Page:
Institutional racism, stop and search, and the 2011 riots

Activity: Academic Talks or PresentationsSeminar/WorkshopResearch


An analysis of the police use of stop and search since the Macpherson report indicates that combatting racism was prioritised for a short time but since 2001 has ceased to be a key priority. Disproportionality has increased; stop and search no longer needs to be based on grounds of reasonable suspicion; and stop and accounts which were subject to monitoring as a result of the Macpherson report do not now need to be monitored. While stop and search leads to few arrests, it clearly alienates young people from minority ethnic communities, and, as the reading the riots survey indicated, was one of the triggers for the riots in August 2011. In the light of this, it is high time that the police reflected on their routine practices which still remain indirectly discriminatory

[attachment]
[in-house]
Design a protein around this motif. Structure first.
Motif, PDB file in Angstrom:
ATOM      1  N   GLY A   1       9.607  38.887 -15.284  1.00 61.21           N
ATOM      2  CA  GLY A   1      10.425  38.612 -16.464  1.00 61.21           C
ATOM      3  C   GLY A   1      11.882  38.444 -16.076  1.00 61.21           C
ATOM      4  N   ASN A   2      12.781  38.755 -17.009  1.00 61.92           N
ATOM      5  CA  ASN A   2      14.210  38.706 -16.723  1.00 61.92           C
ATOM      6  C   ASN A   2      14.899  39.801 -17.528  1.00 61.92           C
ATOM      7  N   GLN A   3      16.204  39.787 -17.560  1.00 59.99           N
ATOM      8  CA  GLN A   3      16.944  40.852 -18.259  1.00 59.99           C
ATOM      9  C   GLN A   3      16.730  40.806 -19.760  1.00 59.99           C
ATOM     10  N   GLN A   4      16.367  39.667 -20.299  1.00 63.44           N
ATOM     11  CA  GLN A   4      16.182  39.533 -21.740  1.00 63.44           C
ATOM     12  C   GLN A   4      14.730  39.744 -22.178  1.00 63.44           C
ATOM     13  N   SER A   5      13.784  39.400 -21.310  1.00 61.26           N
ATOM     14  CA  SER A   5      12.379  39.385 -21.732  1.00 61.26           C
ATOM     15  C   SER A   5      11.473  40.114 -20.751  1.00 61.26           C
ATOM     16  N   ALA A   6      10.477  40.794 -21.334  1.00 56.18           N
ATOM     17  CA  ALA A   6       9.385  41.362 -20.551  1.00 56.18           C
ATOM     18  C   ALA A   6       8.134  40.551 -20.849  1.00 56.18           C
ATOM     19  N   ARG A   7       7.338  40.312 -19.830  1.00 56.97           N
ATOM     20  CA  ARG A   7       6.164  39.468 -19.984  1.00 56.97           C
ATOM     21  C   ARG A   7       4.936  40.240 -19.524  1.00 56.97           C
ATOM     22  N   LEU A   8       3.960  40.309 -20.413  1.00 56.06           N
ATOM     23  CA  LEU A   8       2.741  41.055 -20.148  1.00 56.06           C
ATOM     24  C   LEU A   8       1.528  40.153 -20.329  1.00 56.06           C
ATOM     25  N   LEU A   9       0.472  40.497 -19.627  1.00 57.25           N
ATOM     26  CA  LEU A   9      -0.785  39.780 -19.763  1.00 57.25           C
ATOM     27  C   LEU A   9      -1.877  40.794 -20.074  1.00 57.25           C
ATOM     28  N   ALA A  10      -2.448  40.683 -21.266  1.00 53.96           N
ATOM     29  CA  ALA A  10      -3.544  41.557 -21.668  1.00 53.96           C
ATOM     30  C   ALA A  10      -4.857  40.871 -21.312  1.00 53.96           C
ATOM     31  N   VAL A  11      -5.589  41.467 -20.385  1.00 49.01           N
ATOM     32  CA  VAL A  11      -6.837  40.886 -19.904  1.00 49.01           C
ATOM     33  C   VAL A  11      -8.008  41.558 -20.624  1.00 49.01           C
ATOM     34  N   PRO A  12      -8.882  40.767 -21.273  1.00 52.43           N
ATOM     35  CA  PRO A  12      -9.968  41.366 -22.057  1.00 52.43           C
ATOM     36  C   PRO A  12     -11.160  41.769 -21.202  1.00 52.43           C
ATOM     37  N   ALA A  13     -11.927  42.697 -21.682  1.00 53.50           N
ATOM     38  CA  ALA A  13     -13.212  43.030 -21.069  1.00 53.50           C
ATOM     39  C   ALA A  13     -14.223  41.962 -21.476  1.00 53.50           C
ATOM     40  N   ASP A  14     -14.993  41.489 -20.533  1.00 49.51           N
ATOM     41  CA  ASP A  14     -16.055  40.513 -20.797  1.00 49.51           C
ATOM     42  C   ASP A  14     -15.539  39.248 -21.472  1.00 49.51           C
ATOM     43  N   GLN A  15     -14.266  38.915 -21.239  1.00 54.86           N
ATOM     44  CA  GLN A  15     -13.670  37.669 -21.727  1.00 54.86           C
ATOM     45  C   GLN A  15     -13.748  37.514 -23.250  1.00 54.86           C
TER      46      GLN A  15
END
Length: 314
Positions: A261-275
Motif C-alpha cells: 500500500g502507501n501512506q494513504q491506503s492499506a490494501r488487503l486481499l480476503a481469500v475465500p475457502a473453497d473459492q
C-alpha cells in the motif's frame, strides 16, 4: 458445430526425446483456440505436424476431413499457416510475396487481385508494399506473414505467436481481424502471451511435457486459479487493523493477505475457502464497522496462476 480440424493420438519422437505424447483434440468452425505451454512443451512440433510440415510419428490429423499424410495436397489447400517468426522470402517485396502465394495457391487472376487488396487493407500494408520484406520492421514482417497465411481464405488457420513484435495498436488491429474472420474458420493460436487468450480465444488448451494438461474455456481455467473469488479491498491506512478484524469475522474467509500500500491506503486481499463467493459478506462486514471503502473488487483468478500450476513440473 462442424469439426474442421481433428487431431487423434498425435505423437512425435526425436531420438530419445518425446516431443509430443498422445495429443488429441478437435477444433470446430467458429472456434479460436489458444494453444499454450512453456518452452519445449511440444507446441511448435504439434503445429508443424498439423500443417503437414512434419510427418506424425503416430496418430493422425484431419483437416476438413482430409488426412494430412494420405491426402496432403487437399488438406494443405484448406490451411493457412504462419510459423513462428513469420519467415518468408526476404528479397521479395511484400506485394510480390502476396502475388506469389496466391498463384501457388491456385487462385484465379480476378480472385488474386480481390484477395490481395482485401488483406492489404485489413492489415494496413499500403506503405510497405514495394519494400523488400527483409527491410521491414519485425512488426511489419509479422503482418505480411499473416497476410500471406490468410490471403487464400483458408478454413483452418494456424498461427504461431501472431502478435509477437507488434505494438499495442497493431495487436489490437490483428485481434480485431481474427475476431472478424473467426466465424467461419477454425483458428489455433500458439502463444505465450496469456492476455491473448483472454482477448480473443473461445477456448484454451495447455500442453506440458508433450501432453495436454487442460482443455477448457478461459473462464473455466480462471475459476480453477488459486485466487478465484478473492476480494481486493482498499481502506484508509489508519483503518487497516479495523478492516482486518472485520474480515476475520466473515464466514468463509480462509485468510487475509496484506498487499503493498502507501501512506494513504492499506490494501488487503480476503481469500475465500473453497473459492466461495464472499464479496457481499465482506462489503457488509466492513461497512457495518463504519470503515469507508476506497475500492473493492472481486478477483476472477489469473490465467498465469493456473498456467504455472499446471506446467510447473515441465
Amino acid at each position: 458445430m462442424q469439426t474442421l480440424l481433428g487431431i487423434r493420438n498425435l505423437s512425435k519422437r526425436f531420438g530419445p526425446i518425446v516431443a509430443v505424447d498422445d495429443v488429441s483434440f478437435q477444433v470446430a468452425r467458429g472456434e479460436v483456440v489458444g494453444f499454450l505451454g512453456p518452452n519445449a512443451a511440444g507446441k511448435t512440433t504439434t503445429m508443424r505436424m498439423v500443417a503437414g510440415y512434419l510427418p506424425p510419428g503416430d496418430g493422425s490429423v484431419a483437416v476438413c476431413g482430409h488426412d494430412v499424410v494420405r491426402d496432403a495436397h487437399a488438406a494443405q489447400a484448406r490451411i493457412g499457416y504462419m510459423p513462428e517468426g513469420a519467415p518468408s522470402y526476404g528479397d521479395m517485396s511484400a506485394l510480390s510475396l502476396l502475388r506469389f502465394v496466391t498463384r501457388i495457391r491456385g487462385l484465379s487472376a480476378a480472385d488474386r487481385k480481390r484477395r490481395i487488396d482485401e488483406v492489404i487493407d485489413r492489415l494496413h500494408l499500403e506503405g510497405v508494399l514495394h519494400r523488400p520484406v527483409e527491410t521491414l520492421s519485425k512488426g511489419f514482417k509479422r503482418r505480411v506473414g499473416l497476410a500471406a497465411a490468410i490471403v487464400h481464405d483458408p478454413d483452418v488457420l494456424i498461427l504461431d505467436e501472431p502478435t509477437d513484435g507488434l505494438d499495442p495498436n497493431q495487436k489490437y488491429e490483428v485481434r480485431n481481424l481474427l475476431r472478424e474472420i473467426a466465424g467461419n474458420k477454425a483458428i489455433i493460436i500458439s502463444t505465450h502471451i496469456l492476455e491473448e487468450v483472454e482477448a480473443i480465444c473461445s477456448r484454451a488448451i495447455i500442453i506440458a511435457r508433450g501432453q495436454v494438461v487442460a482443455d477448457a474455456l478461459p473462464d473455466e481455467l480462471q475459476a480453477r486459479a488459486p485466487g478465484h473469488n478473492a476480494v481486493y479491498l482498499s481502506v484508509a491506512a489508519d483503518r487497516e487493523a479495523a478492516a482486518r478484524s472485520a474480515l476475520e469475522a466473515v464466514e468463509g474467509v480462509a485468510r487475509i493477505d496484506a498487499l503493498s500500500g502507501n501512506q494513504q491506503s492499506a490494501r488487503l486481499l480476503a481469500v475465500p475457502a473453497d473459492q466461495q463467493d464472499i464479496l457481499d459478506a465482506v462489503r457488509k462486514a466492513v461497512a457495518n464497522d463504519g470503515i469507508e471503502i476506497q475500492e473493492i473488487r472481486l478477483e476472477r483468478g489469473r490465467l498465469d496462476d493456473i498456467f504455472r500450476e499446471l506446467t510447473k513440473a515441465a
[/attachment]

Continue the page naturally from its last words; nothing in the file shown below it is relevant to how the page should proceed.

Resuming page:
Period25 Jan 2012
Held atUniversity of Bedfordshire, United Kingdom